“If the horse stops limping after the palmar digital nerve block desensitizes the caudal half and bottom of the foot, the first step is to take X-rays,” Dr. Dabareiner says. “X-rays can tell you the condition of the navicular bone.” They’ll show if the bone has cavities or abnormal new bone growth, for example.
Clinical signs of navicular disease include a short, choppy stride with lameness that worsens when the horse is worked in a circle, as when longeing. Frequent stumbling may occur at all gaits, even the walk, or when horses are asked to step over short obstacles such as ground poles.
What is Navicular Syndrome? So-called navicular or caudal heel syndrome is one cause of lameness that can appear in horses of any breed or discipline. It can be limited to one limb; however, it most commonly affects both front hooves, causing bilateral lameness.
Nonsurgical treatment of navicular syndrome consists of rest, hoof balance and corrective trimming/shoeing, and medical therapy, including administration of systemic antiinflammatories, hemorheologic medications, and intraarticular medications.
Navicular disease can be treated but rarely cured. Corrective trimming and shoeing is important to ensure level foot fall and foot balance. Often a rolled toe egg bar shoe is used to encourage early break over at the toe and good heel support.
Navicular disease can be managed—but only if you catch it early before too much damage has been done—and unfortunately it was clearly too late for poor Delight. No animal should live in chronic pain just because its owner lacks the moral fiber to make the difficult but compassionate decision to humanely euthanize it.
Navicular disease in horses is also known as Navicular syndrome. The result is the inflammation or degeneration of the navicular bone and its surrounding tissues, typically in the front feet of the horse. This disease can lead to significant or disabling lameness of a horse.
A horse with navicular syndrome feels pain in the heels of the front feet, and its movements reflect attempts to keep pressure off this area. At rest, the more painful foot is often “pointed,” or held slightly in front of the other forefoot, thus bearing little or no weight.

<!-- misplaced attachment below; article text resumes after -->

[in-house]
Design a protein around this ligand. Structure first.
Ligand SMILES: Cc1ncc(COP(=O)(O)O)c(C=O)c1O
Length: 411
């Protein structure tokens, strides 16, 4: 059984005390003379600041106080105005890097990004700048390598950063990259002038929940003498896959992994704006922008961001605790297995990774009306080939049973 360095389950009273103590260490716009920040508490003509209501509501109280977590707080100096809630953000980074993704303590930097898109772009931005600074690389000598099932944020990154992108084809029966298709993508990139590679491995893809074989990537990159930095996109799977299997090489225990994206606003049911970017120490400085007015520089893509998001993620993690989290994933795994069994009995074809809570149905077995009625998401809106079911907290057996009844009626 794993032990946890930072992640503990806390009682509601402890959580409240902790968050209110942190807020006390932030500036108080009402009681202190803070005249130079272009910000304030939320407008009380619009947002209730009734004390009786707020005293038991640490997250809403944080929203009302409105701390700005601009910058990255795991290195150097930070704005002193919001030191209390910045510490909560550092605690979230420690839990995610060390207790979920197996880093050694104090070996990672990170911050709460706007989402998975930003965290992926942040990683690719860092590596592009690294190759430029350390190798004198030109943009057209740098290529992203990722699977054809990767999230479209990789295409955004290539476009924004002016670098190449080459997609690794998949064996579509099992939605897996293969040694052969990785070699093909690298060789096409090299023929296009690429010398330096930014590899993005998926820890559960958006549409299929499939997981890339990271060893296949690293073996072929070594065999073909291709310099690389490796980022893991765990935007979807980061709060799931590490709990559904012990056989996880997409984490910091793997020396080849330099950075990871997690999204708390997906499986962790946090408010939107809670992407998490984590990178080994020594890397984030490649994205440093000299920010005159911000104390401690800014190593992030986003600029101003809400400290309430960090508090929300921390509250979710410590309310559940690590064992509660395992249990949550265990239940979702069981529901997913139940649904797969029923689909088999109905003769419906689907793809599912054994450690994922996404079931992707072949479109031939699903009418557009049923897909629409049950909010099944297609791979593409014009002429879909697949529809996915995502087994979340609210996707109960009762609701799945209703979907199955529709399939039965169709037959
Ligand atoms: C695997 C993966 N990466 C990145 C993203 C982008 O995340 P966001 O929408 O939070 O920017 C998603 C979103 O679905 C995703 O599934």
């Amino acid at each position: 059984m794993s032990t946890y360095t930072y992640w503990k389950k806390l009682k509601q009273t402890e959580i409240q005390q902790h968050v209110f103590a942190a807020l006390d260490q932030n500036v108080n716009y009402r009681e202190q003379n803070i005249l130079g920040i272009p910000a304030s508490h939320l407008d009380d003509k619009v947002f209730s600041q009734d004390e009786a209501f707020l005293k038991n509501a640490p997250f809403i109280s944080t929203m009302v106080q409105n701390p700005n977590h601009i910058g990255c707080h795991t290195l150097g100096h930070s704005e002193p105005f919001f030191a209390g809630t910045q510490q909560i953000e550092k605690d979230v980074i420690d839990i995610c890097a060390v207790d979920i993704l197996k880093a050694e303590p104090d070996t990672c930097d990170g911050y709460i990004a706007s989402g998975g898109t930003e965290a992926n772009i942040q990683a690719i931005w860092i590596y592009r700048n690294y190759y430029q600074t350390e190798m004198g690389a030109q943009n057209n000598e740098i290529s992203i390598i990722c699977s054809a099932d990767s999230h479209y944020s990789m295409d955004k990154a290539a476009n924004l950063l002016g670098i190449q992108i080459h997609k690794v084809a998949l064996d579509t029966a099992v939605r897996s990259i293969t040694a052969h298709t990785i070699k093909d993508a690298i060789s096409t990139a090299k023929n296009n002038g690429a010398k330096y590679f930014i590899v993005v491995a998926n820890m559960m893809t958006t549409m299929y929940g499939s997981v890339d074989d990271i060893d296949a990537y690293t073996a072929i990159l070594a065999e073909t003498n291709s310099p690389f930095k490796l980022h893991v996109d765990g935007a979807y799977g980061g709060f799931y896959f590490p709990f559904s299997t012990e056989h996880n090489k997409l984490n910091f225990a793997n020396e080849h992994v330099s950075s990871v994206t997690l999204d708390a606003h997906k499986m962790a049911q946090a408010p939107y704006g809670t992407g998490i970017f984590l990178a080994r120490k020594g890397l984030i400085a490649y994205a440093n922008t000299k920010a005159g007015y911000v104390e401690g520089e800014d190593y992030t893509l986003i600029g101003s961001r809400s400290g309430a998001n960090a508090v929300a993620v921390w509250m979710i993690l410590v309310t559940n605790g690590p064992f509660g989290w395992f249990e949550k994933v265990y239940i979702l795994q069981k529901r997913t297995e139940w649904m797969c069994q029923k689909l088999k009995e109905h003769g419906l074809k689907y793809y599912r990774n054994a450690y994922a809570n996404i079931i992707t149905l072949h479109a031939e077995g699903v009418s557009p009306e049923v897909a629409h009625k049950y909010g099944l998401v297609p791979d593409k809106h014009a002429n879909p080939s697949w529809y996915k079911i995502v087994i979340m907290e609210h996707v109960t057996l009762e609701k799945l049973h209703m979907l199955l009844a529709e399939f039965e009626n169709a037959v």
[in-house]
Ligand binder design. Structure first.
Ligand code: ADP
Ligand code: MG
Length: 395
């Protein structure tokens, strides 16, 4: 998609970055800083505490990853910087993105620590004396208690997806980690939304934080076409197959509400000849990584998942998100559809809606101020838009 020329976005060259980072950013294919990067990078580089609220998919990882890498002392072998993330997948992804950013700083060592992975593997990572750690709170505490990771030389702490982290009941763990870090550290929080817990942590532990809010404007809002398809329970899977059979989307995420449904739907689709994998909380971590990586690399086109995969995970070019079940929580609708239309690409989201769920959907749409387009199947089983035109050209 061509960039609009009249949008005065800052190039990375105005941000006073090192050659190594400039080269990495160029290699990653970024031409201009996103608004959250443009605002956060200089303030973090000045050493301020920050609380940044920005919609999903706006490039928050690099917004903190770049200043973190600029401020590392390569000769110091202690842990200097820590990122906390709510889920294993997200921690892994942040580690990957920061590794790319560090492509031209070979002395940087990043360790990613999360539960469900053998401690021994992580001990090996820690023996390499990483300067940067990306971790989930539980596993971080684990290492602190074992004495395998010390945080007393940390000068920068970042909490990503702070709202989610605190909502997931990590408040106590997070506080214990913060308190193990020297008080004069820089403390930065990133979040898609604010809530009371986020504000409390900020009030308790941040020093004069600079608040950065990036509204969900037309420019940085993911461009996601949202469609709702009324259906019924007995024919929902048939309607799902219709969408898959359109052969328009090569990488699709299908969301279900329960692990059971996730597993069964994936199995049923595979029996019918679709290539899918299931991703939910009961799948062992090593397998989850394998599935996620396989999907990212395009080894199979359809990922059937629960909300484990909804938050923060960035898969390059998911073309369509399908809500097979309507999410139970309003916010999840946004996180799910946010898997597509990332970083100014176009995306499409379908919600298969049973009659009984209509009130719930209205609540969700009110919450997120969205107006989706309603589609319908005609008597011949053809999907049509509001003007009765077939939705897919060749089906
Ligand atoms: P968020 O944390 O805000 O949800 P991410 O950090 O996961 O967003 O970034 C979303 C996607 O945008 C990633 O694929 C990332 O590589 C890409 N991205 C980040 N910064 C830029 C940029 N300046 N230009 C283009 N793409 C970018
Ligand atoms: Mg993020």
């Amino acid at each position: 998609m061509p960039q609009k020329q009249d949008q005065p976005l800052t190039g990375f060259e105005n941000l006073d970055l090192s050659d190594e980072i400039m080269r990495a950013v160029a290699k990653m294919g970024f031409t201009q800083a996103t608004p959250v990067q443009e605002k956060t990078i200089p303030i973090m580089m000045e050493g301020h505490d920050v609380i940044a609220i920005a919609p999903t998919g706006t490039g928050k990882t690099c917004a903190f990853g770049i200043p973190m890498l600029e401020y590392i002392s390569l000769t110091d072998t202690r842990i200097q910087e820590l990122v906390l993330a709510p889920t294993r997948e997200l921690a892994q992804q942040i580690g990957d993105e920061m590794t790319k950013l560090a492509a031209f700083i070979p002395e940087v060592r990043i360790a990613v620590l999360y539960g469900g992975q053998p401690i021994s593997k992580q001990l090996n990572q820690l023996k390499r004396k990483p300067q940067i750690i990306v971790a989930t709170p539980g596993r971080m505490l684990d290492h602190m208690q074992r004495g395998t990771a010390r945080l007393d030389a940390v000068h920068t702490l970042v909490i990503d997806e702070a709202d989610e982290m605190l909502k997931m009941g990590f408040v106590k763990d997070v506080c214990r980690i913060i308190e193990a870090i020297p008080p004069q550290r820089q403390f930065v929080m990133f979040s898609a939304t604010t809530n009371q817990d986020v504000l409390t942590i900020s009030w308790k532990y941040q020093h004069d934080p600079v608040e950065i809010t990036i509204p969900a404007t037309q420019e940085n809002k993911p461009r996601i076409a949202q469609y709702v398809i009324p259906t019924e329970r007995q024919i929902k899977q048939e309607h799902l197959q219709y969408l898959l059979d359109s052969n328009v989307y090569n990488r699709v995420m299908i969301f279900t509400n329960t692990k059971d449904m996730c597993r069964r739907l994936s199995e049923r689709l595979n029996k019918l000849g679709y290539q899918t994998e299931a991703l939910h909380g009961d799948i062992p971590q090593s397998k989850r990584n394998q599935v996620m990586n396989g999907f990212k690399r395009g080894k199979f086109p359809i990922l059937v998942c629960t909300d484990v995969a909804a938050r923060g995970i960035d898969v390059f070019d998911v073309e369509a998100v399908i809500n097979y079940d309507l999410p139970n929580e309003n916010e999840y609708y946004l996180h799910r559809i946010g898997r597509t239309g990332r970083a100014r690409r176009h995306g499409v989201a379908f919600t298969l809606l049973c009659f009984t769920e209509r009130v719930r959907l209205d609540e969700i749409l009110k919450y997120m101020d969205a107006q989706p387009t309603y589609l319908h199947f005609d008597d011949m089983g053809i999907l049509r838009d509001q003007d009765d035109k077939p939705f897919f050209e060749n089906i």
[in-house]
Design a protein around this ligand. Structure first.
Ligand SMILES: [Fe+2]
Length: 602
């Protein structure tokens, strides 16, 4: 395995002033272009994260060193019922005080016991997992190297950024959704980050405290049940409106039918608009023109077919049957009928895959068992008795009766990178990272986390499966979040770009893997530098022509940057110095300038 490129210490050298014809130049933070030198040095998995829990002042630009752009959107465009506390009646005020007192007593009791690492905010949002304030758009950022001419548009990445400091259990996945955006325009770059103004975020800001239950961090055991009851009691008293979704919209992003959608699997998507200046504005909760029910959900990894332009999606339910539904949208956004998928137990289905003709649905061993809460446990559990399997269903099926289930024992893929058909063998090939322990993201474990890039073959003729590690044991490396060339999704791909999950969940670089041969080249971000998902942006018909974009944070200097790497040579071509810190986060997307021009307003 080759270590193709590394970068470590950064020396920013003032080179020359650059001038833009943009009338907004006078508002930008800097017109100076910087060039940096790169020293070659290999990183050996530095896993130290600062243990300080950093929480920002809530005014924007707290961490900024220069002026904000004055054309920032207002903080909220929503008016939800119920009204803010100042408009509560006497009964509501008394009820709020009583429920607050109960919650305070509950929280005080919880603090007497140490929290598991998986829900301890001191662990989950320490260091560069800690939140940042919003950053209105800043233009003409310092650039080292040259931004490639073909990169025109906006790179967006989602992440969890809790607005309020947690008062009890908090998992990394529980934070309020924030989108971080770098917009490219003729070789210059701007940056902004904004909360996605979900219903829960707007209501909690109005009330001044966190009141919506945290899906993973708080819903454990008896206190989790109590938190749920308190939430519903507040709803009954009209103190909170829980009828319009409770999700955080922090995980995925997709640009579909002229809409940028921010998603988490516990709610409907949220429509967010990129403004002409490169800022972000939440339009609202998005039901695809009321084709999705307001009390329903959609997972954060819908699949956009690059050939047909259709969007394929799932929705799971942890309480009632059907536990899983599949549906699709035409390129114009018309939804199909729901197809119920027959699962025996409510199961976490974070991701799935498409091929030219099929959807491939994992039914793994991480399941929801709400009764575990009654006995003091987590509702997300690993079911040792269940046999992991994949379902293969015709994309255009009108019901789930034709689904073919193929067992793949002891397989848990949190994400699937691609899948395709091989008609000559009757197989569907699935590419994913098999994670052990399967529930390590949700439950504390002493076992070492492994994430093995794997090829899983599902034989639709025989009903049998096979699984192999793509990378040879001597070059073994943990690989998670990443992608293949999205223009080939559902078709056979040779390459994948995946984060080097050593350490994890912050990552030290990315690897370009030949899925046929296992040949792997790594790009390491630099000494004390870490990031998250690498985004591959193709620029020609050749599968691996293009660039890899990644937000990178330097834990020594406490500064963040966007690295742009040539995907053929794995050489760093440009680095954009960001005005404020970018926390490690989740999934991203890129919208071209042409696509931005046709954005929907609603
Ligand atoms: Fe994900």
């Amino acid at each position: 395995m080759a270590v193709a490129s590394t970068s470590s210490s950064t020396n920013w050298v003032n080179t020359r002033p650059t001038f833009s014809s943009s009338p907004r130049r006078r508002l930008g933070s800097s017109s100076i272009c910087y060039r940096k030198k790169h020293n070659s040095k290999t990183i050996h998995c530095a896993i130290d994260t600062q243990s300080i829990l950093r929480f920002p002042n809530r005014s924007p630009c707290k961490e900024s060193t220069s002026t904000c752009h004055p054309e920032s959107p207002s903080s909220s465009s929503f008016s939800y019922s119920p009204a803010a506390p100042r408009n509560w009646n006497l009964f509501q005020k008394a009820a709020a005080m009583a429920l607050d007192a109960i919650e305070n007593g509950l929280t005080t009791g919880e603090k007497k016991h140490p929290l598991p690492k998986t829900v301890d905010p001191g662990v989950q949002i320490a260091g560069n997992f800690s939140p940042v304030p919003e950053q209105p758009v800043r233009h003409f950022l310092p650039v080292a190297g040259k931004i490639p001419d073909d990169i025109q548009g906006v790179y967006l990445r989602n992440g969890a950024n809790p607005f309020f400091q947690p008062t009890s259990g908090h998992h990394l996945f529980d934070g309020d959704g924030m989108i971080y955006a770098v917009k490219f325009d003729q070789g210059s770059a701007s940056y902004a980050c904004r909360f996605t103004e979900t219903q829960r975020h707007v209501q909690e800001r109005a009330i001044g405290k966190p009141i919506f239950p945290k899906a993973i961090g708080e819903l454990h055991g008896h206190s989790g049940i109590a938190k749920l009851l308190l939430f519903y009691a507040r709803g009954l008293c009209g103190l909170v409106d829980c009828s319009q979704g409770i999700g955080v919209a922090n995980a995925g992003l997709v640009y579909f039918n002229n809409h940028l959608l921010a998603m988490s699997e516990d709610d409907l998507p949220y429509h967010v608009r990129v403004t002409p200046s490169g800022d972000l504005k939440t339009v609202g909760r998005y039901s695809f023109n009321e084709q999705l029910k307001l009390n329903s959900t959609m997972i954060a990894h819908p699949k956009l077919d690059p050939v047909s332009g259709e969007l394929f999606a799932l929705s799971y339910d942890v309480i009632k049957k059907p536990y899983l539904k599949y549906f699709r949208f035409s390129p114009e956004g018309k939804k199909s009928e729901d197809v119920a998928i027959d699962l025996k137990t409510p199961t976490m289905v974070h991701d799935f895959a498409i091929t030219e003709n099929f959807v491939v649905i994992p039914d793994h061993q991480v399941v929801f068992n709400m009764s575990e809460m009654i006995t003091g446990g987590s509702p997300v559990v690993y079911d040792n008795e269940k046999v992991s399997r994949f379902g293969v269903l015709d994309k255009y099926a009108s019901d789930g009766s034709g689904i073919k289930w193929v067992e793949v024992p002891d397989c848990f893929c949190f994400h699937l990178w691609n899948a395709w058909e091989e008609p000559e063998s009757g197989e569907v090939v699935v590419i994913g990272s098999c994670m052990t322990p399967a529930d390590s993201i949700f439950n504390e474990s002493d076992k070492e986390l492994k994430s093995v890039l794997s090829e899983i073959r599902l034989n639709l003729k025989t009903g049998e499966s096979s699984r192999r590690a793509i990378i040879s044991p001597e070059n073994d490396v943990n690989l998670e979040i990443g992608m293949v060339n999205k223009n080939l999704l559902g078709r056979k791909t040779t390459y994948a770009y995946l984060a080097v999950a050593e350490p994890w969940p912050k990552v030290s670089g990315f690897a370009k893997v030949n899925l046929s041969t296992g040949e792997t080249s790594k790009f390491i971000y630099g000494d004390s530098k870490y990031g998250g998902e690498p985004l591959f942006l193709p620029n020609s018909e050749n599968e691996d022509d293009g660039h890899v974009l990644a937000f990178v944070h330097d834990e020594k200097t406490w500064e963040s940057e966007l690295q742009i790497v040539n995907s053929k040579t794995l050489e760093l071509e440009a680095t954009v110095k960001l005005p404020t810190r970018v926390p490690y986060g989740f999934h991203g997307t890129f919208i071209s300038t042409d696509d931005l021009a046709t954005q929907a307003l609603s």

Poor hoof shape is usually inherited, although poor shoeing and trimming can contribute to these shapes. With the long toe, low heel conformation can come contracted heels (narrowing of the heel) which further compresses the navicular bone along with sheared heels adding more stress to the tendons and navicular bones.
Horses that develop navicular syndrome can often be maintained with this sort of treatment. It is not a death sentence for the horse. The classic stance of a horse with navicular syndrome is to point the foot that hurts the most. This puts the weight more on the toe and off of the heel.
The navicular bone has the physical shape of a small canoe, which led to the name “navicular” bone; the prefix “navicu” means “small boat” in Latin. The navicular bone is also known as the distal sesamoid bone (the commonly known sesamoid bones behind the fetlock joint are the proximal sesamoid bones).
There is no need for nerve blocking or special metal shoes that may help for a little while. Learn how going barefoot is used to rehabilitate navicular horses successfully all over the world. Until recently, most unidentified heel pain/caudal foot pain was diagnosed as navicular syndrome.
The biggest problem with the surgery is that they nerves will often regrow with 2-3 years, with a much worse lameness present when sensation returns. Navicular syndrome is a lifelong condition, however, many horse can return to athletic function and soundness for long periods of time.